To investigate how this weighted retraining technique can impact the results of VAE based models, as a showcase experiment, I tested VAE model with weighted retraining on both penalized water-octanol partition coefficient (logP) and Dopamine receptor D2 affinity (DRD2) optimization tasks. 

Scoring Functions

In my experiments, I compare optimization performance with or without weighted retraining mechanism on two optimization tasks: one maximizing penalized logP score of the molecule, one maximizing binding affinity value against DRD2 binding. 

The penalized logP score in our experiments is calculated similarly to previous studies [7-11]. The source code can be found here

The DRD2 binding affinity is obtained by a GNN based predictive model. The GNN predictive model has a similar architecture to [12]. To predict the binding affinity against a specific binding, the model needs to be trained using experimental affinity data. I obtained the inhibition constant (Ki) value of different molecules from the ChEMBL database against the DRD2 binding. Smaller the Ki value represents stronger binding affinity. After deduplication and data cleaning, more than 6,000 molecule-affinity pairs remain as the training set of the GNN predictive model. The “DRD2 Affinity” in this study is defined as the following:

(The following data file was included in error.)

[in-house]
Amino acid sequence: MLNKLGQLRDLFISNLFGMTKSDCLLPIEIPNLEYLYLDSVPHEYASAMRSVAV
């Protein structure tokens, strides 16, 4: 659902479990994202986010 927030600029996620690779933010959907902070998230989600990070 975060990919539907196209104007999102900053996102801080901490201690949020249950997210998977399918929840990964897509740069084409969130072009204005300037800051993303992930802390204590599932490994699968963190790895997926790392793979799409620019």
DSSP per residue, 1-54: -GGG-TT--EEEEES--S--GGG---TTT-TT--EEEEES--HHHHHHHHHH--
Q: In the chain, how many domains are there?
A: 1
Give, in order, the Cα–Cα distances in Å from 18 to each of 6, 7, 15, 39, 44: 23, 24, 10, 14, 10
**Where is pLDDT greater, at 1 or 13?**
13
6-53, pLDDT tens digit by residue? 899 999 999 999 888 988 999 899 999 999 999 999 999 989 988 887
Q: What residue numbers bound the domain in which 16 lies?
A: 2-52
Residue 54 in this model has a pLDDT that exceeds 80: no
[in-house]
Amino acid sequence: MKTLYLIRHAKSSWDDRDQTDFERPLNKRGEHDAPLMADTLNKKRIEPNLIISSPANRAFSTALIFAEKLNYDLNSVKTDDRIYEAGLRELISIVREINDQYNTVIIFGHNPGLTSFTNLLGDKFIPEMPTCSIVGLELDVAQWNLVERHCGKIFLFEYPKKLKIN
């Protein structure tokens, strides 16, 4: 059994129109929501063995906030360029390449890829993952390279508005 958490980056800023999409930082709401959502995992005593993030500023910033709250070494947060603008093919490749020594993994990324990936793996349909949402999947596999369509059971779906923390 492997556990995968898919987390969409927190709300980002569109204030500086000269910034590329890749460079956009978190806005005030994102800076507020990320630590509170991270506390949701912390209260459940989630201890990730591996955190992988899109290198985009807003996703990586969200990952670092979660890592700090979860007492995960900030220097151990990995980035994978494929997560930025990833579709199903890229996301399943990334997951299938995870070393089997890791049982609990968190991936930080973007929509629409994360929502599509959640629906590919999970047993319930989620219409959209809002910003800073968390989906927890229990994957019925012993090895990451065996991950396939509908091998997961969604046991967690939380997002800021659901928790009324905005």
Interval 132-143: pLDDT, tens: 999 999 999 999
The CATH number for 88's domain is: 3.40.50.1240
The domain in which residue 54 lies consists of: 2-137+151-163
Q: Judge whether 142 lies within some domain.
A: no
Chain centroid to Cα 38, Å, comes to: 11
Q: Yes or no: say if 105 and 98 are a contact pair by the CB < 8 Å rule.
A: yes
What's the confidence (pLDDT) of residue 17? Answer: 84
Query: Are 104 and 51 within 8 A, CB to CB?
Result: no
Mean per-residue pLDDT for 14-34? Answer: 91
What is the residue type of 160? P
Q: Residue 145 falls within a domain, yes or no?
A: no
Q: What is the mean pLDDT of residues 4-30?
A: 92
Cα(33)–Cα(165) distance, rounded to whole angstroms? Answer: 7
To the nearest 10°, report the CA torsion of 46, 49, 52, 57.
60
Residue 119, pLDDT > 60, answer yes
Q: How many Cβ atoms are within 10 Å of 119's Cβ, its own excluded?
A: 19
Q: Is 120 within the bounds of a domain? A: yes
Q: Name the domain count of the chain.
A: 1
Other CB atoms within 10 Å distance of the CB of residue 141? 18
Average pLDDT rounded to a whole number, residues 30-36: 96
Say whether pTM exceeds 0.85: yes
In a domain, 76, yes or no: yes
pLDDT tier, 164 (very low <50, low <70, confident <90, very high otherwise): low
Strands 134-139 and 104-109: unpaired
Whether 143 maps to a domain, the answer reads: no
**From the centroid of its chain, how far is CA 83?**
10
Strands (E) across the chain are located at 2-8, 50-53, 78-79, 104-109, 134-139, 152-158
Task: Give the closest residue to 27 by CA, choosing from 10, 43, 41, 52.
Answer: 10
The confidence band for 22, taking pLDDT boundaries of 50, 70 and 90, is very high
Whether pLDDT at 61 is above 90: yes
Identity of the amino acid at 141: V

\[\mathrm{DRD2\ Affinity}(\mathrm{molecule})=-\log(\hat{K_i}(\mathrm{molecule}))\]

I choose to take the logarithmic value of Ki as an effort to overcome the fact that Ki values vary a lot in terms of magnitude which is suboptimal for the neural network to learn. In addition, the logarithmic value is negated so that higher “DRD2 Affinity” value represents higher binding affinity, our goal is to minimize Ki and therefore maximize this “DRD2 Affinity” value.